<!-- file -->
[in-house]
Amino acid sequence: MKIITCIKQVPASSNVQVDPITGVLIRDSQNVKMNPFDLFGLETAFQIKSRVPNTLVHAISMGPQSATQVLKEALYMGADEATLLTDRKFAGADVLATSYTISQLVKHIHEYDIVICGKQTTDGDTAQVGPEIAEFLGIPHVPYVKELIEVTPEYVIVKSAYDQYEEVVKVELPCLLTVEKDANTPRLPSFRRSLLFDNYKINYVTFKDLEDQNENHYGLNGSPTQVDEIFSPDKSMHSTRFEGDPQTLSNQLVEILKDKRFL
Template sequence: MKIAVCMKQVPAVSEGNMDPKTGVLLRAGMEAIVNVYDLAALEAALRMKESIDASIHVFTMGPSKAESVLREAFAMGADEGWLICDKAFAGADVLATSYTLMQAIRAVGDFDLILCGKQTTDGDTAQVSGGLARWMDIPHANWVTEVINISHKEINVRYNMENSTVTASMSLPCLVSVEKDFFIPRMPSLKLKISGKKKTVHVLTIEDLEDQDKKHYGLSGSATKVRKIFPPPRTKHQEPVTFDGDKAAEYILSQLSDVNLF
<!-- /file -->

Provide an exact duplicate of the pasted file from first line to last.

[in-house]
Amino acid sequence: MKIITCIKQVPASSNVQVDPITGVLIRDSQNVKMNPFDLFGLETAFQIKSRVPNTLVHAISMGPQSATQVLKEALYMGADEATLLTDRKFAGADVLATSYTISQLVKHIHEYDIVICGKQTTDGDTAQVGPEIAEFLGIPHVPYVKELIEVTPEYVIVKSAYDQYEEVVKVELPCLLTVEKDANTPRLPSFRRSLLFDNYKINYVTFKDLEDQNENHYGLNGSPTQVDEIFSPDKSMHSTRFEGDPQTLSNQLVEILKDKRFL
Template sequence: MKIAVCMKQVPAVSEGNMDPKTGVLLRAGMEAIVNVYDLAALEAALRMKESIDASIHVFTMGPSKAESVLREAFAMGADEGWLICDKAFAGADVLATSYTLMQAIRAVGDFDLILCGKQTTDGDTAQVSGGLARWMDIPHANWVTEVINISHKEINVRYNMENSTVTASMSLPCLVSVEKDFFIPRMPSLKLKISGKKKTVHVLTIEDLEDQDKKHYGLSGSATKVRKIFPPPRTKHQEPVTFDGDKAAEYILSQLSDVNLF